Martyn Lloyd-Jones on John 4–Do we have a message to deliver to those in need?

“The Christian is not a seeker; the Christian is one who has found. “Come, see a man” (John 4:29); “We have found the Messiah” (John 1:41); “We have found him of whom Moses in the Law and also the prophets wrote, Jesus of Nazareth” (John 1:45). Christians are men and women who have found; they have found something to give; they are not merely seeking”¦By definition Christians have something; they have something to say”¦ So the great question we must all ask ourselves is this: do we have something to give to people who are in need? I like to think of it like this. Imagine that tonight when you are in your home, somebody knocks at your door or rings the bell. You go to the door, and there you find a messenger. What is the message? Well, it is a request, an appeal, from a man whom you have known for years; perhaps you have known him since you were children together. Unfortunately, poor fellow, he has gone wrong in life, he has lived a godless life, and yet you somehow liked him. Whenever you met him, you were glad to see him, you always spoke to him, and you often tried to urge him to come with you to listen to the gospel. But he would not come; he laughed it off, as such people often do.

Now here is the message this afternoon that poor fellow had a sudden heart attack, and he is desperately ill; in fact, he is dying. The doctor can do no more for him. He has told the family, and this man realizes the truth ”“ he can see it in their faces. And suddenly he has come to himself. He sees that his life is finished, and he is going to the unknown and to darkness. He has nothing ”“ nothing to lean on in his past life, nothing to lean on in the present. Nobody can help him. He is absolutely alone, as we all shall be sooner or later, as our soul passes from time to eternity and into the presence of God. He does not know what to do or where to turn; he is in agony of soul. But suddenly he has thought of you because he thinks of you as a Christian and as a member of a church, because you have invited him to go with you to church. So he has sent for you ”“ that is the message. Of course, you have no choice; you must go. And when you arrive in the room, there is your friend lying on his back in bed.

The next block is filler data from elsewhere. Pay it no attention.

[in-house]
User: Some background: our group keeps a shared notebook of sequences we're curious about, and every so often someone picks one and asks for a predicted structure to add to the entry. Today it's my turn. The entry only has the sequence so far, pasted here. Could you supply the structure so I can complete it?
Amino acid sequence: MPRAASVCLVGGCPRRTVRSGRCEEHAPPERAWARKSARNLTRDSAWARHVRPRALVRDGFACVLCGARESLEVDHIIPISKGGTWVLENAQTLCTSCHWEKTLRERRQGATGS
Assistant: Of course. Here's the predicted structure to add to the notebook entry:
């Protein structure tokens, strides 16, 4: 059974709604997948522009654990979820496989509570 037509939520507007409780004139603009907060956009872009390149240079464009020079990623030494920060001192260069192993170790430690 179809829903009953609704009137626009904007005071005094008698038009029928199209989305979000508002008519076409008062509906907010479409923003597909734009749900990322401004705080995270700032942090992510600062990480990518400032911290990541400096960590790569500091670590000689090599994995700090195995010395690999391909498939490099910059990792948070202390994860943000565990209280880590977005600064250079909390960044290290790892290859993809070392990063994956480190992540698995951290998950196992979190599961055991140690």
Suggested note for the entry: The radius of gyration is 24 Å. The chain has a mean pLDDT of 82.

This is the test as to whether or not we are Christians. Do you have something you can give him that will make all the difference in the world to him? What is the point of telling this man that you are also a seeker and a searcher after the truth ”“ he will be dead before midnight? What is the point of saying to him, “I hope that my sins are going to be forgiven sometime, I’m doing my best, I’m living a good life”? Does that help him? That puts him into hell while he is still alive. Or how does it help him if you turn to him and say, “Well, at last you see it. How many times have I told you that the life you were living was wrong? If only you had live as I live!” What is the value of that? That is sheer cruelty. That, again, is putting him in hell while he is still alive. It is of no value at all.

No, no; that is not the Christian way. Christians are not seeking truth or seeking forgiveness. They are not trying to make themselves Christians by living good lives; they are not merely church members. What are they? Well, in the end it just comes to this: they are men and women who, like the woman of Samaria, have met Christ, the Son of God. They are able to tell this poor fellow that it is not too late, that it is not hopeless, that no one is justified by their works or by their lives, that we are all sinners, and there is no ultimate difference between us at all, but that this is the message: “God so loved the world, that he gave his only Son, that whoever [even he] believes in him should not perish but have eternal life” (John 3:16).

Christians can tell this man not about their own experience but about Jesus Christ. There is no time to give experiences; there is no time to go through your drill and mechanically quote this or that. All they can say is, “Jesus Christ ”“ look to him!” They just tell the dying man about him, who he is, what he has done. And that is the only way this man can be helped, the only way he can find peace and rest for his soul.”

–Martyn Lloyd-Jones (1899-1981), Living Water: Studies in John 4, quoted by yours truly in the morning sermon

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Posted in Church History, Theology: Scripture

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